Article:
Sarah Haniford’s granddaughter, Alice Campbell, with Schara Tzedeck Synagogue Rabbi Andrew Rosenblatt at the unveiling of Sarah’s headstone. (photo from Jewish Cemetery at Mountain View Restoration Project)
“You live as long as you are remembered.”
– Russian Proverb
Fifty people gathered together on Aug. 3 to remember and honor the life of Sarah Goldberg-Haniford at the Jewish Cemetery at Mountain View. As Alice Campbell, Sarah’s granddaughter, said in her opening remarks to the family and friends there for the unveiling of the headstone, “a bridge to the past is a pathway to the future.”
Campbell shared some of the highlights of her grandmother’s life, which began with her birth in 1878 in Glasgow, subsequent marriage in 1890 to Louis Haniford (Ljeb Hanoft) from Poland, journey to Winnipeg in 1902, then to a farm near Hanna, Alta., in 1907.
Life was very hard for Sarah and Louis, with the harsh climate and work on the farm, to which they were far from accustomed, having been in the watch-making business up until the move. In 1922, Sarah, who had by then given birth to nine children, was in very poor health, and Louis, not knowing what else to do to help her, sent her to St. Paul’s Hospital in Vancouver. Unfortunately, her health deteriorated and she passed away here, all alone, on Oct. 6, 1922.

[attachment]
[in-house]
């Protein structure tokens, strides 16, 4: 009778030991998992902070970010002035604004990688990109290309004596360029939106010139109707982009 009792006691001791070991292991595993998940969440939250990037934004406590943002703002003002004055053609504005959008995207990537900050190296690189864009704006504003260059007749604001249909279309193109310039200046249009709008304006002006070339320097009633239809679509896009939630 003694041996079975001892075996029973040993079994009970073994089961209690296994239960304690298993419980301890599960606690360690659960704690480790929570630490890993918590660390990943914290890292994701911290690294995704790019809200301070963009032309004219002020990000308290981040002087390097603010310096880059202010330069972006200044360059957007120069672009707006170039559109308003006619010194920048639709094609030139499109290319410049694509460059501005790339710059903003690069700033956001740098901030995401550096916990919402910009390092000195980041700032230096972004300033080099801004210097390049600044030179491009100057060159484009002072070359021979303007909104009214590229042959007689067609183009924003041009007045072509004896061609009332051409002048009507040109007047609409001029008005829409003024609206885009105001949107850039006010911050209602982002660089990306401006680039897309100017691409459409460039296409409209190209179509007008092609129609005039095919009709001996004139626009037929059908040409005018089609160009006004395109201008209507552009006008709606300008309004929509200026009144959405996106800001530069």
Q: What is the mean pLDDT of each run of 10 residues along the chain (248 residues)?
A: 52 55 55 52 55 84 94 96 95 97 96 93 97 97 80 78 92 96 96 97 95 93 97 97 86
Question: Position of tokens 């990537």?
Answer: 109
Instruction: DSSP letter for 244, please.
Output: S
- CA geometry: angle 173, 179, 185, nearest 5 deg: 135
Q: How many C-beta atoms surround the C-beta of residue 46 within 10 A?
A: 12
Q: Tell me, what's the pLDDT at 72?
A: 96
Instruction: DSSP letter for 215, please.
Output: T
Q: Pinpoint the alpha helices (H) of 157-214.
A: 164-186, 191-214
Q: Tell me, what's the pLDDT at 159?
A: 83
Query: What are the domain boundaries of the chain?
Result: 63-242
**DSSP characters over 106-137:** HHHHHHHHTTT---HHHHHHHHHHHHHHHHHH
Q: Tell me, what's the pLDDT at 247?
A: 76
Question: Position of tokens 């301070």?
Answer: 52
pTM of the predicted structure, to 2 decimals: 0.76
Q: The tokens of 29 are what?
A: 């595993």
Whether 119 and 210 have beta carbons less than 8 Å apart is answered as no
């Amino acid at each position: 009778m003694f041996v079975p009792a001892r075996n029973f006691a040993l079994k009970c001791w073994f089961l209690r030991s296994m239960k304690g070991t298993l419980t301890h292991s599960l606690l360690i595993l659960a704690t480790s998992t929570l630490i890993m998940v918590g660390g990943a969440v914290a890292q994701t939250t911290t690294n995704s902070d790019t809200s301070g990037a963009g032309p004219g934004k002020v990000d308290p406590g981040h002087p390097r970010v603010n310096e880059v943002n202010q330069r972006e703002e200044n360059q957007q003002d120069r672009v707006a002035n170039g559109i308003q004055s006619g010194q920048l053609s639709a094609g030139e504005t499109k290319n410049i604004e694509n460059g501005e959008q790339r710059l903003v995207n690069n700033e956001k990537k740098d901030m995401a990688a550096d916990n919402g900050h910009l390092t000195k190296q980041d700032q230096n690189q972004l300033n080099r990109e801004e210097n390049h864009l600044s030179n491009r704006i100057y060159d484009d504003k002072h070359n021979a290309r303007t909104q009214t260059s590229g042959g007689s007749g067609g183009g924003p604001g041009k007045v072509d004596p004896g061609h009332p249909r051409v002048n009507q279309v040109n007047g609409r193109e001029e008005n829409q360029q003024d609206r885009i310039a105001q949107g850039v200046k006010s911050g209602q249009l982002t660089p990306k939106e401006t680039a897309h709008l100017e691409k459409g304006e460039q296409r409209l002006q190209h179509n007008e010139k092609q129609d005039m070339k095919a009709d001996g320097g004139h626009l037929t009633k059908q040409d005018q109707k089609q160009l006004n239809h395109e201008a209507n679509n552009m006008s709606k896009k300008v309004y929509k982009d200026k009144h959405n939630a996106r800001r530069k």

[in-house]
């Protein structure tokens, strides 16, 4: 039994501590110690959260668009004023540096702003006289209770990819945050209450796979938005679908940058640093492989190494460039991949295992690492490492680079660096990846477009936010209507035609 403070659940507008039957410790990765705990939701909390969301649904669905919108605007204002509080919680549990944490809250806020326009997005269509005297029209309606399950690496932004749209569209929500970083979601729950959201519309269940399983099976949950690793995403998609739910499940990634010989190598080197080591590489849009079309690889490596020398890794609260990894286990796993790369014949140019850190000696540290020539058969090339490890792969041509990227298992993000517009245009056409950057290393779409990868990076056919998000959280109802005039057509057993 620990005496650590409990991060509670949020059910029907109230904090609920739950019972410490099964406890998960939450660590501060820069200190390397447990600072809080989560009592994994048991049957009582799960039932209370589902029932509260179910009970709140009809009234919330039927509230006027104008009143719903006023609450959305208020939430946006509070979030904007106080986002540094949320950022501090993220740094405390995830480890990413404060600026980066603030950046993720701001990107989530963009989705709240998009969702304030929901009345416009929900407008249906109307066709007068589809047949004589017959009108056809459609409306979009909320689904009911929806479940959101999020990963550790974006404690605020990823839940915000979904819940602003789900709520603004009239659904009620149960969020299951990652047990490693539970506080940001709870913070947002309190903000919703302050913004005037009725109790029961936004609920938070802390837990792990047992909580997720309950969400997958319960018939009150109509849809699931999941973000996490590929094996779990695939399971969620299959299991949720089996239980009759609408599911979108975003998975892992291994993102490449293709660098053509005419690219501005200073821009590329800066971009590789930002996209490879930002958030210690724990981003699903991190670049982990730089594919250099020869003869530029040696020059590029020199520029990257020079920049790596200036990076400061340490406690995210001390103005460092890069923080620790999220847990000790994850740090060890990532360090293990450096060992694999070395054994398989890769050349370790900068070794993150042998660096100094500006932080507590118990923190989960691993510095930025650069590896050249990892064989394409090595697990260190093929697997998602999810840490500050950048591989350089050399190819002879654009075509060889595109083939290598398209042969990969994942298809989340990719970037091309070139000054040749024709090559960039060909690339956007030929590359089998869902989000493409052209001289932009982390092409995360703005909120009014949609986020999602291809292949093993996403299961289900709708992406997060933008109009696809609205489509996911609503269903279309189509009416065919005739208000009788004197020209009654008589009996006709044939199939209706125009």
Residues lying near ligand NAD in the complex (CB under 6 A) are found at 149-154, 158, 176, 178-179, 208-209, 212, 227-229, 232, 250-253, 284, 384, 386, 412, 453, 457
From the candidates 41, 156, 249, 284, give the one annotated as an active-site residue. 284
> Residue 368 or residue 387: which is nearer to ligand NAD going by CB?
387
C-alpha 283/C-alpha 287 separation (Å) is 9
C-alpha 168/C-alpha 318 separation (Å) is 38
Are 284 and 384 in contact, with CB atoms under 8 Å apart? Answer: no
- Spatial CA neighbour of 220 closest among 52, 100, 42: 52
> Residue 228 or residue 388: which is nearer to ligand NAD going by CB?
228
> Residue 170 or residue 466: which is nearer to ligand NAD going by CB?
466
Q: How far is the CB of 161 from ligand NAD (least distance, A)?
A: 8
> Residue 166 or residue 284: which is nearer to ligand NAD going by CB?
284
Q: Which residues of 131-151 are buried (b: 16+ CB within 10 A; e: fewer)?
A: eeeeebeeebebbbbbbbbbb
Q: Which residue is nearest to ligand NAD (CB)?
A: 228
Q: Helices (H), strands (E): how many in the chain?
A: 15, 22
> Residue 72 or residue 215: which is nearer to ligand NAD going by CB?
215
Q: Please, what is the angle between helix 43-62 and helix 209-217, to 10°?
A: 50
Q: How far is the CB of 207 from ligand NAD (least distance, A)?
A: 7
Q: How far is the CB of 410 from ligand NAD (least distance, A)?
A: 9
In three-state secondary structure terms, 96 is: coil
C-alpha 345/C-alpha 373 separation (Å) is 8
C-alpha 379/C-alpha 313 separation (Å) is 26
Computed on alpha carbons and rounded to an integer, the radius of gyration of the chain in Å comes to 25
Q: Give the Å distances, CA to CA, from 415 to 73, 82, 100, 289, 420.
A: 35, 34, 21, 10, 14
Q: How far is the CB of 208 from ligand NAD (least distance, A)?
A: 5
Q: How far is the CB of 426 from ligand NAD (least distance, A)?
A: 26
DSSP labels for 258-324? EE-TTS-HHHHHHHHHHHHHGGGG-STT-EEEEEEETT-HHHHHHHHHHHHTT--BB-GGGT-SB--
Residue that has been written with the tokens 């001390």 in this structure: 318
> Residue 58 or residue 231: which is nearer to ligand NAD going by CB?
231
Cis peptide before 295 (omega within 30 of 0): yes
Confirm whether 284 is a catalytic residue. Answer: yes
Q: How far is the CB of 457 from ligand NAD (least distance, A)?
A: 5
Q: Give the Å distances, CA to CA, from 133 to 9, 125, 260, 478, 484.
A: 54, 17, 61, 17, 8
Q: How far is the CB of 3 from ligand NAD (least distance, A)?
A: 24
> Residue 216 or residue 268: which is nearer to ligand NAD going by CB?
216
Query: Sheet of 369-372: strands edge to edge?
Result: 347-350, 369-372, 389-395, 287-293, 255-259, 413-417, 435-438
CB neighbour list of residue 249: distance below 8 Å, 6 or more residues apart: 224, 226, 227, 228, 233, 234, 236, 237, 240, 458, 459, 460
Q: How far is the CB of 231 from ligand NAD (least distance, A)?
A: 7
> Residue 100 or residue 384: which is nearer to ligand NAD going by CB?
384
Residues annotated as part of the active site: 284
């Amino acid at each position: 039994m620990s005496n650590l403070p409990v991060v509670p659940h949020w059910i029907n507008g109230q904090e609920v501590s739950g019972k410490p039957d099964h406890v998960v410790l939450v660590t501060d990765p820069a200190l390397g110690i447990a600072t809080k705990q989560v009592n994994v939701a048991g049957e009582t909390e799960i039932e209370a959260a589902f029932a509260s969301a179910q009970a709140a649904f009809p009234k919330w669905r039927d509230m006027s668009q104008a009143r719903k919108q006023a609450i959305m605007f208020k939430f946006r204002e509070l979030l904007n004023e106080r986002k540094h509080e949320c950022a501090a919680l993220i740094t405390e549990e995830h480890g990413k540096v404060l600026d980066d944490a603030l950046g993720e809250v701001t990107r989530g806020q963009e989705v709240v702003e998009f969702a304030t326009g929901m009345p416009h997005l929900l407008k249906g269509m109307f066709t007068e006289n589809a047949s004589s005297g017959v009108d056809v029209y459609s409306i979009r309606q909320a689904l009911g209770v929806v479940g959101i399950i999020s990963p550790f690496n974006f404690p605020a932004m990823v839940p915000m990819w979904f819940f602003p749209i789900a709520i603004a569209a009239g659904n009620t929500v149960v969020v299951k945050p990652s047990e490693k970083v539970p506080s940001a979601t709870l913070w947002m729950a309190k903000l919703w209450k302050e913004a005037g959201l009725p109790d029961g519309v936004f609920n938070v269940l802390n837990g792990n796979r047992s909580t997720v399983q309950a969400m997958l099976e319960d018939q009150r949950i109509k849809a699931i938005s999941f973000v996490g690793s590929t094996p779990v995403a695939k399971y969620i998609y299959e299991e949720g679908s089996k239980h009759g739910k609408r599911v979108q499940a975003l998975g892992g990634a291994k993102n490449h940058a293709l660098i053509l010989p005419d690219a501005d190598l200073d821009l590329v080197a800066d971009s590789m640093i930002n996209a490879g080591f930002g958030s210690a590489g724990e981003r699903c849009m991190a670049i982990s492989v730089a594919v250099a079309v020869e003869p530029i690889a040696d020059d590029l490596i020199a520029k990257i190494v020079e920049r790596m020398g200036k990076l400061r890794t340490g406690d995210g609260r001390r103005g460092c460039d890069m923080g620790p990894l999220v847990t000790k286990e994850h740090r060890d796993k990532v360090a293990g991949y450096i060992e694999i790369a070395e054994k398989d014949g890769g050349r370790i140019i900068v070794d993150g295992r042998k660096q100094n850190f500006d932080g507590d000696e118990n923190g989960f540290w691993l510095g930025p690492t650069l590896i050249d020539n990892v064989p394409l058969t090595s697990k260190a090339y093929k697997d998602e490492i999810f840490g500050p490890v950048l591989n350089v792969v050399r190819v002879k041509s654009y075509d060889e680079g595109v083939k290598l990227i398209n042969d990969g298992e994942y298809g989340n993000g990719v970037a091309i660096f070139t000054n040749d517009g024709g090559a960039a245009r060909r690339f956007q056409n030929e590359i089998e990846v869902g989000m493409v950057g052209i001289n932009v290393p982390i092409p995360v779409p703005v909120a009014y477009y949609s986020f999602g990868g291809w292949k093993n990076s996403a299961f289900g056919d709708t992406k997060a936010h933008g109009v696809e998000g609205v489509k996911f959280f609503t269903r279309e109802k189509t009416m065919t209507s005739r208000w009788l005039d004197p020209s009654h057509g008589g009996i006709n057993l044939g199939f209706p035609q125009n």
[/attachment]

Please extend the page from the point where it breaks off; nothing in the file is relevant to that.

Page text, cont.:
As Jewish custom dictated, Sarah was buried in the Jewish Cemetery at Mountain View. After her death, according to Sarah’s wishes, Louis moved his family of the seven surviving children away from the farm, to the town of Hanna. With Sarah’s passing, Judaism disappeared from the Haniford family until October 2012, 90 years later, when Campbell discovered through genealogical research that Sarah was buried at Mountain View Cemetery. Beryl and Christi Cooke, Sarah’s granddaughter who lives in Kelowna and great-granddaughter who lives in Vancouver, went to the cemetery for the first time.
The timing couldn’t have been more perfect. Shirley Barnett had just embarked on her project to restore the Jewish Cemetery at Mountain View and their paths collided. In October 2013, along with 146 other unmarked burials, Sarah’s life and death were recognized, with the placing of a temporary marker as the first step in restoring the Jewish cemetery to its former significance in the community. With this mitzvah, the plan to place a permanent monument was born.
Among those attending the Aug. 3 ceremony were 25 family members, including grandchildren and great-grandchildren, none of whom had ever known Sarah – and many of whom had not seen each other in at least 15 years. Rabbi Andrew Rosenblatt and Rev. Joseph Marciano, along with members of the Vancouver Jewish community, were witness to the unveiling of Sarah’s headstone. Sarah brought everyone together and, in doing so, helped rekindle her family’s connections to each other and to Judaism.